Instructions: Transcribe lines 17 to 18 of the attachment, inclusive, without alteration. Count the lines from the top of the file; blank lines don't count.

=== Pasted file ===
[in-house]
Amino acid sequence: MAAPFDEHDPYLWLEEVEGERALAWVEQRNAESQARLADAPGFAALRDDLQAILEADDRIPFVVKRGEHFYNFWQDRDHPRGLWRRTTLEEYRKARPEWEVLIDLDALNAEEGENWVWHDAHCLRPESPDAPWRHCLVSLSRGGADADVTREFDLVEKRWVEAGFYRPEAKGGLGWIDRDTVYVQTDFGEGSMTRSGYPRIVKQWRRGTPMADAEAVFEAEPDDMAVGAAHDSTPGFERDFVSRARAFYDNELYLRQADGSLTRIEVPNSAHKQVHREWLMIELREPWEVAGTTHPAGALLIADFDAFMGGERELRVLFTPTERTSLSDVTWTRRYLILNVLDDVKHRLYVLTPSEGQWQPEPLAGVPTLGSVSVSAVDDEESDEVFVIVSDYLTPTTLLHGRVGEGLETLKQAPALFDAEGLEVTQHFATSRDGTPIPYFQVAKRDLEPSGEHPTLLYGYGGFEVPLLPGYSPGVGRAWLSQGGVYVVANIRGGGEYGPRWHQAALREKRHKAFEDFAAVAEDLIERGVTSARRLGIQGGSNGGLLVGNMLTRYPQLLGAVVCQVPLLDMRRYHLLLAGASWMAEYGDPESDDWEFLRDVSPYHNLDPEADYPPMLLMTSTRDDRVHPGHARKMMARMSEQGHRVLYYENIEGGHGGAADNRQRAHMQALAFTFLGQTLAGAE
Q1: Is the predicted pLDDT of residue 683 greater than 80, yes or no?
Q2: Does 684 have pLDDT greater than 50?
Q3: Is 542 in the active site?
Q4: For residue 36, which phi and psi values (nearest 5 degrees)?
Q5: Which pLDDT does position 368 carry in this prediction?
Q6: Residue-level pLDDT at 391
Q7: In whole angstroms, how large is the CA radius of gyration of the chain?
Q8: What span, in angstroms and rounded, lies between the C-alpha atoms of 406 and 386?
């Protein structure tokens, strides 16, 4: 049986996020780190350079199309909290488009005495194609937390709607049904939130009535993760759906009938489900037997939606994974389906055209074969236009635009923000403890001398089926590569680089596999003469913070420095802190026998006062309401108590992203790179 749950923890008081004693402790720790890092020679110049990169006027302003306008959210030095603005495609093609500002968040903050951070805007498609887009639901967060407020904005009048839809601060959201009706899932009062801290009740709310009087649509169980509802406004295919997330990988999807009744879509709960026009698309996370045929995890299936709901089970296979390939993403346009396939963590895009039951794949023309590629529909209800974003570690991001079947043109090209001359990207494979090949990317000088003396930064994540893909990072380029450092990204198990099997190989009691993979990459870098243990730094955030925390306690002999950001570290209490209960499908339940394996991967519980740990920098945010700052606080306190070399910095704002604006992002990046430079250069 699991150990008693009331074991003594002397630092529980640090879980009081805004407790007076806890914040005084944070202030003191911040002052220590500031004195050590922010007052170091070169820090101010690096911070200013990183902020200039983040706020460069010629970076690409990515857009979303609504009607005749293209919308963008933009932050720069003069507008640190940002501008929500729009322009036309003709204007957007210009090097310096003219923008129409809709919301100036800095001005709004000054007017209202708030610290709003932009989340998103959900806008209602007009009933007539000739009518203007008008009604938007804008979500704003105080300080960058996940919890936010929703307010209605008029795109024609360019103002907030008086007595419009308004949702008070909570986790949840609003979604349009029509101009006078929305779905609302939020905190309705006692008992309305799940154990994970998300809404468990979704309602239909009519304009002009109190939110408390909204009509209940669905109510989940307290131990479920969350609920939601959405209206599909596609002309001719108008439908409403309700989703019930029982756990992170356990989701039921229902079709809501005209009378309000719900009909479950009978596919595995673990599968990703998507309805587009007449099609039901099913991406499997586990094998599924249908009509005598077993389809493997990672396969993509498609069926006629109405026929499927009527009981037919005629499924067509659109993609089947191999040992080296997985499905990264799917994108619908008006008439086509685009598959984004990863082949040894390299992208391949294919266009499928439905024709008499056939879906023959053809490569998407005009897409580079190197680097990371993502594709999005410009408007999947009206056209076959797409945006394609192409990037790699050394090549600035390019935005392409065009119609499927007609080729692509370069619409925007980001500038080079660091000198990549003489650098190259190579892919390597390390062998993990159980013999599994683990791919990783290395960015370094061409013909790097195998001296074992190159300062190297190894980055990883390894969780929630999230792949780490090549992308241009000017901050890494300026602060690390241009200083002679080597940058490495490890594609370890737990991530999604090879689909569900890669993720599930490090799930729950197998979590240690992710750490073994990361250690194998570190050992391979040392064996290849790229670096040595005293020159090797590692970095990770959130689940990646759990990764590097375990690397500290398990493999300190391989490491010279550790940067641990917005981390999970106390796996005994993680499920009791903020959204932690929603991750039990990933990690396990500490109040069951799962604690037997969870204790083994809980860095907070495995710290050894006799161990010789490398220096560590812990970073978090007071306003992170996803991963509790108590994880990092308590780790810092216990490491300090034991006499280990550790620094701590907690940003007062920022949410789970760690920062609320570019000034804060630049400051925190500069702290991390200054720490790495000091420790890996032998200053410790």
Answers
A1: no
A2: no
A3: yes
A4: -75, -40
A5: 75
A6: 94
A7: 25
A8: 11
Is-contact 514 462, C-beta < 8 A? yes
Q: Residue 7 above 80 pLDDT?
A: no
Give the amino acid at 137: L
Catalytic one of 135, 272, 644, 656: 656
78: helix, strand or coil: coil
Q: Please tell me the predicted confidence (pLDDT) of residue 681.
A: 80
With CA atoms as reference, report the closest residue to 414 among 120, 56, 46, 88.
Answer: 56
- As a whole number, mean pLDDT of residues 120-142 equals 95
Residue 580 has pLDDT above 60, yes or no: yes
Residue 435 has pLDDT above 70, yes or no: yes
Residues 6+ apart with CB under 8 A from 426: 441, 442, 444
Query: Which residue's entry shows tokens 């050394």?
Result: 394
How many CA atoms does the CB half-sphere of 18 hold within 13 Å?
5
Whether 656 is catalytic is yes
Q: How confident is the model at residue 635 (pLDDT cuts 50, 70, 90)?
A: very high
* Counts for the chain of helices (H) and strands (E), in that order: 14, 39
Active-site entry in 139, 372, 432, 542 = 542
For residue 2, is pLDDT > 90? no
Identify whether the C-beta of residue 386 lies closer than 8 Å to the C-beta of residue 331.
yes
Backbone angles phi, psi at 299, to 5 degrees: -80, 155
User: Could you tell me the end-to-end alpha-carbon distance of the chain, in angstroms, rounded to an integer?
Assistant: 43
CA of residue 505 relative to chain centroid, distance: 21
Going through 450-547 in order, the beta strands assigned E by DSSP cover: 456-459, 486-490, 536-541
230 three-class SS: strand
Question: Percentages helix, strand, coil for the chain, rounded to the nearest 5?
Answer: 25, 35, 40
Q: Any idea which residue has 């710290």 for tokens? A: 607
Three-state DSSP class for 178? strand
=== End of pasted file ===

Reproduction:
A5: 75
A6: 94